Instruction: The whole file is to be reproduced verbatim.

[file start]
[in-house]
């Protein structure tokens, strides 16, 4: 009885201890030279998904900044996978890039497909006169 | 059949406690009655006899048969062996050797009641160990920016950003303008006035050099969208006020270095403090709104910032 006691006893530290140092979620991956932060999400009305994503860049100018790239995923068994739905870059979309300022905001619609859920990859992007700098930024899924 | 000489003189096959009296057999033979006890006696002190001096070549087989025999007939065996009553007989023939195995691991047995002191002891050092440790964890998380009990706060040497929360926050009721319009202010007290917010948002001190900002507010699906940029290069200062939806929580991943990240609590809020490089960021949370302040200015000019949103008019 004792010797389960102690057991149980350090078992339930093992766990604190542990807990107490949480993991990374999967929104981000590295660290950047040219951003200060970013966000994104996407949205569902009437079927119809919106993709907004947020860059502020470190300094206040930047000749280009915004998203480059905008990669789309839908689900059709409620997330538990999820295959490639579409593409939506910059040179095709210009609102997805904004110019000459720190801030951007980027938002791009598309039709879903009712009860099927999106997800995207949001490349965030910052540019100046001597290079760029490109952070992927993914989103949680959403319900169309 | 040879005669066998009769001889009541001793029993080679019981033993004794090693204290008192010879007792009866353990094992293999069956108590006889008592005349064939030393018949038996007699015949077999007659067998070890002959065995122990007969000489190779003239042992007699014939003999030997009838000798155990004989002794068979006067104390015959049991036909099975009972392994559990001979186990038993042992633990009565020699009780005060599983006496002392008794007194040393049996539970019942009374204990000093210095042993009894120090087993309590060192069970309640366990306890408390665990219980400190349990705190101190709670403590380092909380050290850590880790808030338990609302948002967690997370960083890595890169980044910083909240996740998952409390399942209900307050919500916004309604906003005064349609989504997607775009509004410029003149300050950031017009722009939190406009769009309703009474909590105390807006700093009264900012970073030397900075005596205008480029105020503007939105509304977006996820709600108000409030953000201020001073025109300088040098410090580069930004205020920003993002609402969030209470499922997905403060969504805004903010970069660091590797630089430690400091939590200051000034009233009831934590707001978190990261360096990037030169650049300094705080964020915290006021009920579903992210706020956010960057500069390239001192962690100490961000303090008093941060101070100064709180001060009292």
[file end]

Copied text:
[in-house]
């Protein structure tokens, strides 16, 4: 009885201890030279998904900044996978890039497909006169 | 059949406690009655006899048969062996050797009641160990920016950003303008006035050099969208006020270095403090709104910032 006691006893530290140092979620991956932060999400009305994503860049100018790239995923068994739905870059979309300022905001619609859920990859992007700098930024899924 | 000489003189096959009296057999033979006890006696002190001096070549087989025999007939065996009553007989023939195995691991047995002191002891050092440790964890998380009990706060040497929360926050009721319009202010007290917010948002001190900002507010699906940029290069200062939806929580991943990240609590809020490089960021949370302040200015000019949103008019 004792010797389960102690057991149980350090078992339930093992766990604190542990807990107490949480993991990374999967929104981000590295660290950047040219951003200060970013966000994104996407949205569902009437079927119809919106993709907004947020860059502020470190300094206040930047000749280009915004998203480059905008990669789309839908689900059709409620997330538990999820295959490639579409593409939506910059040179095709210009609102997805904004110019000459720190801030951007980027938002791009598309039709879903009712009860099927999106997800995207949001490349965030910052540019100046001597290079760029490109952070992927993914989103949680959403319900169309 | 040879005669066998009769001889009541001793029993080679019981033993004794090693204290008192010879007792009866353990094992293999069956108590006889008592005349064939030393018949038996007699015949077999007659067998070890002959065995122990007969000489190779003239042992007699014939003999030997009838000798155990004989002794068979006067104390015959049991036909099975009972392994559990001979186990038993042992633990009565020699009780005060599983006496002392008794007194040393049996539970019942009374204990000093210095042993009894120090087993309590060192069970309640366990306890408390665990219980400190349990705190101190709670403590380092909380050290850590880790808030338990609302948002967690997370960083890595890169980044910083909240996740998952409390399942209900307050919500916004309604906003005064349609989504997607775009509004410029003149300050950031017009722009939190406009769009309703009474909590105390807006700093009264900012970073030397900075005596205008480029105020503007939105509304977006996820709600108000409030953000201020001073025109300088040098410090580069930004205020920003993002609402969030209470499922997905403060969504805004903010970069660091590797630089430690400091939590200051000034009233009831934590707001978190990261360096990037030169650049300094705080964020915290006021009920579903992210706020956010960057500069390239001192962690100490961000303090008093941060101070100064709180001060009292």